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Shack (band)

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OriginLiverpool, England
GenresAlternative rock
Years active1987 (1987)–1992, 1998–present
LabelsGhetto, London, Sour Mash
Associated actsThe Pale Fountains, Arthur Lee
MembersMichael Head
John Head
Iain Templeton
Martyn Campbell
Past membersJustin Smith
Michael Hurst
Dave Butcher
Peter Wilkinson
Alan Wills
Ren Parry
Guy Rigby
Johnny Baxter

Shack, are an English band formed in Liverpool, England in 1987. Originally Shack consisted of Mick Head (vocals/guitar), his brother John Head (guitar), Justin Smith (bass) and Mick Hurst (drums).


The Pale Fountains

Before founding Shack, Michael and John Head were in the cult 1980s band The Pale Fountains, and released two albums, Pacific Street in March 1984 and ...From Across The Kitchen Table in March 1985.[1] However, though critically acclaimed, the albums only reached Numbers 85 and 94 in the UK Albums Chart.[2] That band ended around 1986 and returned from London to their home town of Liverpool. Bassist and founding member Chris "Biffa" McCaffrey died of a brain tumour in 1989, a few years after the band broke up.

1987–1996: Zilch, Waterpistol and hiatus

The Head brothers soon re-emerged as Shack, signing to the Ghetto Recording Company,[3] home of record producer Ian Broudie's solo project, The Lightning Seeds and British soul band Distant Cousins. Shack's first album Zilch was released in 1988,[3] but was neither critically nor commercially successful. The album was later re-released on the Red Flag Recording Company label with three extra tracks in 2007.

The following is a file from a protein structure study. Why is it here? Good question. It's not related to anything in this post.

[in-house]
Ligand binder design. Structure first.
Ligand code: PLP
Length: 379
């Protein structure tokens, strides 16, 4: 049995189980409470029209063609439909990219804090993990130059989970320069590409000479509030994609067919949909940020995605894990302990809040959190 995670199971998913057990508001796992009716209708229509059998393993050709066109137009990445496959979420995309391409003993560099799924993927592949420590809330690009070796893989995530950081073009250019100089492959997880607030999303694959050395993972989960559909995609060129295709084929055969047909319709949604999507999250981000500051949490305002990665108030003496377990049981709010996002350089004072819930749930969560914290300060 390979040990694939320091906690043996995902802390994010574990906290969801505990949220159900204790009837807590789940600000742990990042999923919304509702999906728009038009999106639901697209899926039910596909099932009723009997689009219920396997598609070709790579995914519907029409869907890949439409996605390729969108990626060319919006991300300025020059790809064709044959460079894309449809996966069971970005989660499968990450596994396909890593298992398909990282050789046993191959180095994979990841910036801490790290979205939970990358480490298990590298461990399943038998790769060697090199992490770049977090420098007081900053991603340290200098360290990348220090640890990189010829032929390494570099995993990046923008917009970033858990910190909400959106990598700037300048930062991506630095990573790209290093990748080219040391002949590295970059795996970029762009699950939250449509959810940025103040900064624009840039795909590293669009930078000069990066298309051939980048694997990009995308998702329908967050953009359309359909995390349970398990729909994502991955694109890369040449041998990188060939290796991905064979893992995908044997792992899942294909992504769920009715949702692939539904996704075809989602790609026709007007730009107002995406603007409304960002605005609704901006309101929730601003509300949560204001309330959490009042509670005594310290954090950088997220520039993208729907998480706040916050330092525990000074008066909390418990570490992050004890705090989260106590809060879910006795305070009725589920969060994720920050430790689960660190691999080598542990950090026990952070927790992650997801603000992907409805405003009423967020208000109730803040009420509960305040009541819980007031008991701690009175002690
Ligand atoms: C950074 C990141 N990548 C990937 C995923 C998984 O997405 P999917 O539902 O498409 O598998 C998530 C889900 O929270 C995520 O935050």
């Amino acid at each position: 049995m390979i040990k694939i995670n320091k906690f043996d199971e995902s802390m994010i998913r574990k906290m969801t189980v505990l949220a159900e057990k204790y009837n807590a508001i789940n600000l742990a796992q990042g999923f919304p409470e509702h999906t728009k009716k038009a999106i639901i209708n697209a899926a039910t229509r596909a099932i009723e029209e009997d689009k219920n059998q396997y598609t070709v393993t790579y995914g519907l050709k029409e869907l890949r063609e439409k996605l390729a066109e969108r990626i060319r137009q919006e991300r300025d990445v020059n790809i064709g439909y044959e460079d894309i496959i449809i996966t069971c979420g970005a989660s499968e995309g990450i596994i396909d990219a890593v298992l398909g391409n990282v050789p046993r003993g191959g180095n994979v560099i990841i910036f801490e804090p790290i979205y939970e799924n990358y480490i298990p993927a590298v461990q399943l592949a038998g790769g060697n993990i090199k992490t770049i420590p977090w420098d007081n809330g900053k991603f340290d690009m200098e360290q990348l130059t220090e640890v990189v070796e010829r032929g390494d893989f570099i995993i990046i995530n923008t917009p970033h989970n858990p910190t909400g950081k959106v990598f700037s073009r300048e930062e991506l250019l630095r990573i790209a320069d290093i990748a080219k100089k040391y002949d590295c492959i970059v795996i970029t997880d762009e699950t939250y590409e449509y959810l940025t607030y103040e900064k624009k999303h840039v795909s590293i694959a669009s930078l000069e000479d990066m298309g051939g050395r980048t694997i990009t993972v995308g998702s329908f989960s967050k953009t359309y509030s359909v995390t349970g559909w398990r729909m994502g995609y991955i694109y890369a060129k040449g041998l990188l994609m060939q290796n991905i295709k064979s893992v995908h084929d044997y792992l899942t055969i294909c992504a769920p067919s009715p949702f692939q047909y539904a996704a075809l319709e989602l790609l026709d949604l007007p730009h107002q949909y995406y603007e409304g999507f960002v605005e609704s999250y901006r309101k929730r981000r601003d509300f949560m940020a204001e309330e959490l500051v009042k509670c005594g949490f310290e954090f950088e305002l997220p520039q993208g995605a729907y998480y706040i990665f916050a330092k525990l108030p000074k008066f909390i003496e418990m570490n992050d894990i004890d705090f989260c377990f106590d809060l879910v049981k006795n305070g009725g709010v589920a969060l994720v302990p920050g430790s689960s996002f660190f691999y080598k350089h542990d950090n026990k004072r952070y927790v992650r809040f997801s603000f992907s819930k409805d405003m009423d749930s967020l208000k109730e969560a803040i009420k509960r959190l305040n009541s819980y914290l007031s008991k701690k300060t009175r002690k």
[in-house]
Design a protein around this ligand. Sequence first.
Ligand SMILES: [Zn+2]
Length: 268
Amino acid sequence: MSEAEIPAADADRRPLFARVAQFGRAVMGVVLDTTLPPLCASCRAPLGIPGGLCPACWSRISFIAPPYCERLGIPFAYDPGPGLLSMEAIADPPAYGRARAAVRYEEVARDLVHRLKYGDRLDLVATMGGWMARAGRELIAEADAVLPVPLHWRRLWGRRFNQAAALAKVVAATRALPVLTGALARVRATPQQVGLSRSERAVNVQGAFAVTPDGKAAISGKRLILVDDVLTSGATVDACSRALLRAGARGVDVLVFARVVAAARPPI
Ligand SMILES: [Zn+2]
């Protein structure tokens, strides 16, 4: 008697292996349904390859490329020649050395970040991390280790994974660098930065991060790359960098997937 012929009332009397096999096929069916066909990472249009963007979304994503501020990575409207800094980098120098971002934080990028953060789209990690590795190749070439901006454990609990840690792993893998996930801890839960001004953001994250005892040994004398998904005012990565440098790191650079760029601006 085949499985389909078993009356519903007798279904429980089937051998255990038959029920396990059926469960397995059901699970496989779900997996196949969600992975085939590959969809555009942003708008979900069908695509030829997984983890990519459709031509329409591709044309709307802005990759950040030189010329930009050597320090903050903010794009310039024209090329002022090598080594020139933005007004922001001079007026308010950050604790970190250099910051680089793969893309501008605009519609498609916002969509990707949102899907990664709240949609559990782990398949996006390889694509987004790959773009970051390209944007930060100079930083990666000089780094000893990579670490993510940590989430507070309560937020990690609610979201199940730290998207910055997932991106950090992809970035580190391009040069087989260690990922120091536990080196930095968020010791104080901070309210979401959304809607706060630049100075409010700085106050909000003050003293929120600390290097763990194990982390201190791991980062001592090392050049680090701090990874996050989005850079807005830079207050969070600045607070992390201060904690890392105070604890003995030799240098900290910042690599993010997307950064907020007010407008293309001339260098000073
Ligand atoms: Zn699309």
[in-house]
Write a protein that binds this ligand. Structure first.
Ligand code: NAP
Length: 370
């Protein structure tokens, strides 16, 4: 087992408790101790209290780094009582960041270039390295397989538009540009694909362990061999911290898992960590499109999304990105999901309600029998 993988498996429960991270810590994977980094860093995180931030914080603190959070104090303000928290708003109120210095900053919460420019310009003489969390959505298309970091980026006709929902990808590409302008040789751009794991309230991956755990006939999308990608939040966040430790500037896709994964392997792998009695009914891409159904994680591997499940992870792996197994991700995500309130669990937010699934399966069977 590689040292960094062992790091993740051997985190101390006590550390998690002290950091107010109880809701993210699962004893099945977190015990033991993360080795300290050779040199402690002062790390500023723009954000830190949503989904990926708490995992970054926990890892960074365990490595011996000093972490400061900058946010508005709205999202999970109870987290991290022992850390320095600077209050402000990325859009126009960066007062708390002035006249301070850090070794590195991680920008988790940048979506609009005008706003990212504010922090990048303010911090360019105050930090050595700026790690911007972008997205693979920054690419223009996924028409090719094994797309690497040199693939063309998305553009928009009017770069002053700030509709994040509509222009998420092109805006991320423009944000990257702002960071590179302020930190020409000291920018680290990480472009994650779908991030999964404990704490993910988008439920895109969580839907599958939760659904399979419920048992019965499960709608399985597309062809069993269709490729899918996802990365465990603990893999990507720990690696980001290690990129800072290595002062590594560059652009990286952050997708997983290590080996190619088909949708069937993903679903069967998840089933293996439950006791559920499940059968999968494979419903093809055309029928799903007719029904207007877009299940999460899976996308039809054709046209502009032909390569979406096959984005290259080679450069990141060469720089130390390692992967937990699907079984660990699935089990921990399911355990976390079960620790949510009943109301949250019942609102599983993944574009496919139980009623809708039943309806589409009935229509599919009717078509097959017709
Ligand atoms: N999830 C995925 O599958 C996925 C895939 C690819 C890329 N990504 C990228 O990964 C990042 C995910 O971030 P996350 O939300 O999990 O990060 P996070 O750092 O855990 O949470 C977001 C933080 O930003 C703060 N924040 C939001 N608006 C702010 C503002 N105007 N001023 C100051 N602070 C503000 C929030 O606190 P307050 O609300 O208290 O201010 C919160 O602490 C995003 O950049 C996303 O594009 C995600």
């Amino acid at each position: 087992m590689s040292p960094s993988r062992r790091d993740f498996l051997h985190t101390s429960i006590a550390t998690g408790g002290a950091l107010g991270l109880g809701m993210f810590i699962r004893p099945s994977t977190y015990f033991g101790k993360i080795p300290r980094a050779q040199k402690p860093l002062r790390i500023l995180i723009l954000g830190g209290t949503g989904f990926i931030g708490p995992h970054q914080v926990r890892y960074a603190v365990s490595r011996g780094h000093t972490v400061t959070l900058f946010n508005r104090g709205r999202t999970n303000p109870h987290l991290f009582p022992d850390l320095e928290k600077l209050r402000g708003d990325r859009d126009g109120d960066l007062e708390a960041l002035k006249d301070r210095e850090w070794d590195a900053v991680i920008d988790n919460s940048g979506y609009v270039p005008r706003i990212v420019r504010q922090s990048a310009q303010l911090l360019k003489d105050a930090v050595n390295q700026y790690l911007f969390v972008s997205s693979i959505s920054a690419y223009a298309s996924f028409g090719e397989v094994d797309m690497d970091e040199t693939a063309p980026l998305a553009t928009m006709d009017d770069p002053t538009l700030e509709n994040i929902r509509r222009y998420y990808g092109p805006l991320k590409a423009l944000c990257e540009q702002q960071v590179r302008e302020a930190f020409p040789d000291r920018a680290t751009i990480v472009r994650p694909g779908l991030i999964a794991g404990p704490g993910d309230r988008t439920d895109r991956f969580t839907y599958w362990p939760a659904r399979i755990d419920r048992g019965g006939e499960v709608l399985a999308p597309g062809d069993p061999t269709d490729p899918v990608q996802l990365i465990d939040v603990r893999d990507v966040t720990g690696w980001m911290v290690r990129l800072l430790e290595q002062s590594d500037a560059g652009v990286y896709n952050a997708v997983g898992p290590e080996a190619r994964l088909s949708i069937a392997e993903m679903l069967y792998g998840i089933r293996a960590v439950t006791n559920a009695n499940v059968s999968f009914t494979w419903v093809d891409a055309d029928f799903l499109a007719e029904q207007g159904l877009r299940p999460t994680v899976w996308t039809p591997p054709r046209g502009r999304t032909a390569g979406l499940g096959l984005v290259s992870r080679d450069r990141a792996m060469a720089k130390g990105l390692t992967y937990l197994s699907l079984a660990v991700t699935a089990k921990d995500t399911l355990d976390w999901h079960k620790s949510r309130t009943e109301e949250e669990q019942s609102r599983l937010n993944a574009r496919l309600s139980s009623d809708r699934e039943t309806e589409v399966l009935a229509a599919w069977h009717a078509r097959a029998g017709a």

The follow-up, Waterpistol, was recorded in 1991 at London's Star Street Studio and Chapel Studios, Lincolnshire. Shortly after the recording of Waterpistol was complete, the Star Street studio burnt down and most of the tapes were destroyed. The only remaining DAT of the album was in the possession of producer Chris Allison. At the time, Allison was in Los Angeles, and when he returned, it transpired that he had left the copy in his hire car. It was only found weeks later after a frenzied search.[1] However, by this point, Ghetto had folded so the record was without a distributor. Shack split, with Wilkinson joining fellow Liverpudlian John Power (formerly of The La's) to form the successful Britpop band Cast. The Head brothers accompanied Love for a few touring dates in 1992.

Waterpistol was finally released in 1995 on the German independent record label, Marina.[1][3] NME described Mick Head as "a lost genius and among the most gifted British songwriters of his generation". The album was later re-released with new artwork on the Red Flag Recording Company label in 2007. Michael Head went on to form Michael Head & The Strands with his brother John, which found them further critical acclaim with their record The Magical World of The Strands on its release in 1996.

1998–present: Reformation and new albums

The Head brothers, along with Iain Templeton (who drummed on The Magical World of The Strands) and bassist Ren Parry reformed Shack in 1998, releasing HMS Fable (1999), reaching the Top 25 on the UK albums chart. Parry was replaced by Guy Rigby on bass for ... Here's Tom With the Weather (2003). Wilkinson rejoined in 2005, replacing the departed Rigby.